Malignant melanoma and bone resorption.
Lau YS., Sabokbar A., Giele H., Cerundolo V., Hofstetter W., Athanasou NA.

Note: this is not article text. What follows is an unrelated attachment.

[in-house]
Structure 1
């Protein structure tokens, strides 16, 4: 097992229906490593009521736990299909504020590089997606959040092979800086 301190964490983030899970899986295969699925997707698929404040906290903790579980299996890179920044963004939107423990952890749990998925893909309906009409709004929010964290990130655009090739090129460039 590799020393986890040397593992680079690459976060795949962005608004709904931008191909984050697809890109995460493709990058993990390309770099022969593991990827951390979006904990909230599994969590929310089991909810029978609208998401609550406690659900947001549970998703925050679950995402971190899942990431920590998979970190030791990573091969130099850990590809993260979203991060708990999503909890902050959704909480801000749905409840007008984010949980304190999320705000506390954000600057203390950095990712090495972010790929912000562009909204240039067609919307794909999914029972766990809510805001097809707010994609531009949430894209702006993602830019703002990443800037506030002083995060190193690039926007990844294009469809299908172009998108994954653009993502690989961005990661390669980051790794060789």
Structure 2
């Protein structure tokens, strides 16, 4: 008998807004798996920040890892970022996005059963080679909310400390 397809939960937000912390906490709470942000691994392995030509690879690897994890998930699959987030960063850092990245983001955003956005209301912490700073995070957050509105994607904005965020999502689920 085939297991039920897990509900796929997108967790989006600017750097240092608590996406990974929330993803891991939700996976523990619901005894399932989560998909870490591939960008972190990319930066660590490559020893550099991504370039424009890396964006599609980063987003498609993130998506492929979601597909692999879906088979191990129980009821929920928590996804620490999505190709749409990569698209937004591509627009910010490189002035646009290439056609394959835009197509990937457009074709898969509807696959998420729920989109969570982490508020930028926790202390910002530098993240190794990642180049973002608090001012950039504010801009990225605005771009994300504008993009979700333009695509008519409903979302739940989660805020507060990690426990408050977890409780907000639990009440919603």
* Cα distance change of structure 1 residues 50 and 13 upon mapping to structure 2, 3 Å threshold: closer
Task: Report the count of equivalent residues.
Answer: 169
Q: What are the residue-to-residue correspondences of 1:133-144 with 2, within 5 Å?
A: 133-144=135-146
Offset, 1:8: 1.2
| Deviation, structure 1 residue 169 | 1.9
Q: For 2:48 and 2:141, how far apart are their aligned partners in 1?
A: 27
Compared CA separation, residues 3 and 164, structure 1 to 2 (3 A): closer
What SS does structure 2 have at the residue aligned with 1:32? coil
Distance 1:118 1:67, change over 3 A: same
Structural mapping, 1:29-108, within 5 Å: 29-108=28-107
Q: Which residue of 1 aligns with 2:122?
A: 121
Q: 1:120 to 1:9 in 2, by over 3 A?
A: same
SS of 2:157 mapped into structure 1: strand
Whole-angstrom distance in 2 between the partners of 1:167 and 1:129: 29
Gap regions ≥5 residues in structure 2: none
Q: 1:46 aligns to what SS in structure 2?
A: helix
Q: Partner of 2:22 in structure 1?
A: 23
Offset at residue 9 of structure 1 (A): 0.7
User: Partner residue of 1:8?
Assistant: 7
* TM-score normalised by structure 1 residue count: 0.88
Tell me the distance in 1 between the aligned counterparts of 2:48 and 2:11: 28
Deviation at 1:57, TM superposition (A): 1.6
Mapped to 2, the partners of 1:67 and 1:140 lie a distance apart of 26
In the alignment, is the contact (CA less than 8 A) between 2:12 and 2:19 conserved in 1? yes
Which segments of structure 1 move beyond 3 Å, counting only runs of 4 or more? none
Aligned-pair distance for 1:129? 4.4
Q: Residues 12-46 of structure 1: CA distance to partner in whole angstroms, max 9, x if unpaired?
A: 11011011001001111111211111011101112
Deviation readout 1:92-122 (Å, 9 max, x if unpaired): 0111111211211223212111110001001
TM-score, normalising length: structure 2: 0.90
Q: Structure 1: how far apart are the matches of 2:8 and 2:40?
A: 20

The cellular and humoral mechanisms accounting for osteolysis in skeletal metastases of malignant melanoma are uncertain. Osteoclasts, the specialised multinucleated cells that carry out bone resorption, are derived from monocyte/macrophage precursors. We isolated tumour-associated macrophages (TAMs) from metastatic (lymph node/skin) melanomas and cultured them in the presence and absence of osteoclastogenic cytokines and growth factors. The effect of tumour-derived fibroblasts and melanoma cells on osteoclast formation and resorption was also analysed. Melanoma TAMs (CD14+/CD51-) differentiated into osteoclasts (CD14-/CD51+) in the presence of receptor activator for nuclear factor kappaB ligand (RANKL) and macrophage-colony stimulating factor. Tumour-associated macrophage-osteoclast differentiation also occurred via a RANKL-independent pathway when TAMs were cultured with tumour necrosis factor-alpha and interleukin (IL)-1alpha. RT-PCR showed that fibroblasts isolated from metastatic melanomas expressed RANKL messenger RNA and the conditioned medium of cultured melanoma fibroblasts was found to be capable of inducing osteoclast formation in the absence of RANKL; this effect was inhibited by the addition of osteoprotegerin (OPG). We also found that cultured human SK-Mel-29 melanoma cells produce a soluble factor that induces osteoclast differentiation; this effect was not inhibited by OPG. Our findings indicate that TAMs in metastatic melanomas can differentiate into osteoclasts and that melanoma fibroblasts and melanoma tumour cells can induce osteoclast formation by RANKL-dependent and RANKL-independent mechanisms, respectively.